Social Media Platforms: Narrowing Your Focus

Social Media Platforms: Narrowing Your Focus

The statistics of how many people are on social media rises exponentially every year. According to Statista, in 2018 it is estimated that there will be around 2.55 billion social network users around the globe, up from 1.87 billion in 2014.

Social media has become a key element to marketing campaigns. If your business is not on social media yet, it’s time to consider the consequences... as well as the potential benefits.

No matter what products or services you offer, your customers are on social media. People are increasingly using social media sites to find products, services, and brands they love. Customers use these sites to connect with local businesses they frequent.

We are connected to our phones, computers, tablets and other electronic devices than ever before. Thus, being this connected ought to mean that marketing on social media should be a ‘no-brainer’ for us all because it offers another touch point with our markets.


Granted, you may already appreciate the importance of social media marketing, but do you know what social media platforms work best for your needs? Below are four tips to help you figure it out:

1. Test Everything – Multiple Times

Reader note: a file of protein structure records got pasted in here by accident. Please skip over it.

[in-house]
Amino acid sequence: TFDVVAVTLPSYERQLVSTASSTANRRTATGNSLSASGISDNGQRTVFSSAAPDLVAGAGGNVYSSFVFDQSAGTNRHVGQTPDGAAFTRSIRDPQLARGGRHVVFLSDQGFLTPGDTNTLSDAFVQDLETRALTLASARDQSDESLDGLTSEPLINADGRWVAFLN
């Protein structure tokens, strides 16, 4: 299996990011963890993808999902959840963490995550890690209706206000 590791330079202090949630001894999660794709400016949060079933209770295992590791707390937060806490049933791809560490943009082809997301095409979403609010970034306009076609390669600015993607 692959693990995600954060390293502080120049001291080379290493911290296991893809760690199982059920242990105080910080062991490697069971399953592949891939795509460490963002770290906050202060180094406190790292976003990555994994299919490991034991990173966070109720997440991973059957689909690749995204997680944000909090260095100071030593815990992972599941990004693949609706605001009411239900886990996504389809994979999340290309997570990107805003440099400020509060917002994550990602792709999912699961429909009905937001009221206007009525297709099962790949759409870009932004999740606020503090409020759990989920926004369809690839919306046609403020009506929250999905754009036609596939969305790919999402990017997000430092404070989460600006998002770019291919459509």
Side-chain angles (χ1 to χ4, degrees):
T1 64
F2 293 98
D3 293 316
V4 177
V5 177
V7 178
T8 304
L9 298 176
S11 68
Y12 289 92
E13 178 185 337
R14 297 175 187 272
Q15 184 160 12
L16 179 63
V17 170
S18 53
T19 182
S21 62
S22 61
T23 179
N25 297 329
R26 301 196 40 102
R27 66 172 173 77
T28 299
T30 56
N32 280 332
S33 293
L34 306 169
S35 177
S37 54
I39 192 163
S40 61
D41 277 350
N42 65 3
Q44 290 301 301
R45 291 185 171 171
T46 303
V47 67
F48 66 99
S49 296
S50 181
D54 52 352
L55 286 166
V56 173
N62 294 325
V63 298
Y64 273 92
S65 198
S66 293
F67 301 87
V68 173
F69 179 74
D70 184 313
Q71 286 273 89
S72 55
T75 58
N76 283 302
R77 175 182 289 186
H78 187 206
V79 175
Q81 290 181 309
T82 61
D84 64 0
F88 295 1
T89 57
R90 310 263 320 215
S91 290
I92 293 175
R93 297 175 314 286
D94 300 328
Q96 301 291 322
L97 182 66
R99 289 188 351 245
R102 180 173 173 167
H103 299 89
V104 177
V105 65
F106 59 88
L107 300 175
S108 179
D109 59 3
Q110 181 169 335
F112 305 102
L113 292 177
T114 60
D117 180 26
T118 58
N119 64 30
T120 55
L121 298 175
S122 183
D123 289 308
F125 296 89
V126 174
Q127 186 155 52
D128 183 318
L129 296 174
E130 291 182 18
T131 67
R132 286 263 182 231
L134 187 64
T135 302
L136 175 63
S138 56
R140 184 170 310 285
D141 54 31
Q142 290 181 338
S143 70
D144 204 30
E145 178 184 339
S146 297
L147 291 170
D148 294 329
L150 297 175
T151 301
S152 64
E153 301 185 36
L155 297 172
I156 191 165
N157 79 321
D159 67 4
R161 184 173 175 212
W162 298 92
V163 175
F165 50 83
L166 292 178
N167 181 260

Understanding which social media platforms work best involves a lot of testing… and some trial and error. It is the nature of the beast. For instance, you may anecdotally think that Twitter brings in the most engagement for your business; however, after analyzing the data, it may turn out that your Pinterest account offers the most engaged audience.

Armed with this information, you can now optimize your Pinterest account for even more success; similarly, you can use it to tweak your Twitter account so that it can also become an engagement hub.

Paying attention to these analytics will tell you what your audience is reading, sharing and enjoying; ensuring that you are providing exactly what your audience needs when they need it. Read this post from Buffer on the 10 Unique Ideas to Test on Every Social Media Channel (And How to Tell What Works), then spend the next 30 days focusing your efforts on optimizing two to three social media platforms.

2. Ask Your Customers

Who is your target customer? This is a fundamental question that every business owner or marketing manager should be able to answer; you won’t be able to develop an effective social media strategy otherwise.

Find out what platforms your target customers are using. Are they using StumbleUpon? Maybe they prefer YouTube. Research the most likely options, and then develop a strategy that uniquely positions your business on each one.

Hot tip >>> Make sure that the platforms you choose also fit your needs, too. For instance, let’s say that you learned during your discovery phase that your audience enjoys live streams. Great. Now you have options. Do you attempt to reach them via Facebook Live, Periscope, Meerkat or Blab? At this point it depends on your preference and understanding of which one best aligns philosophically with your objectives?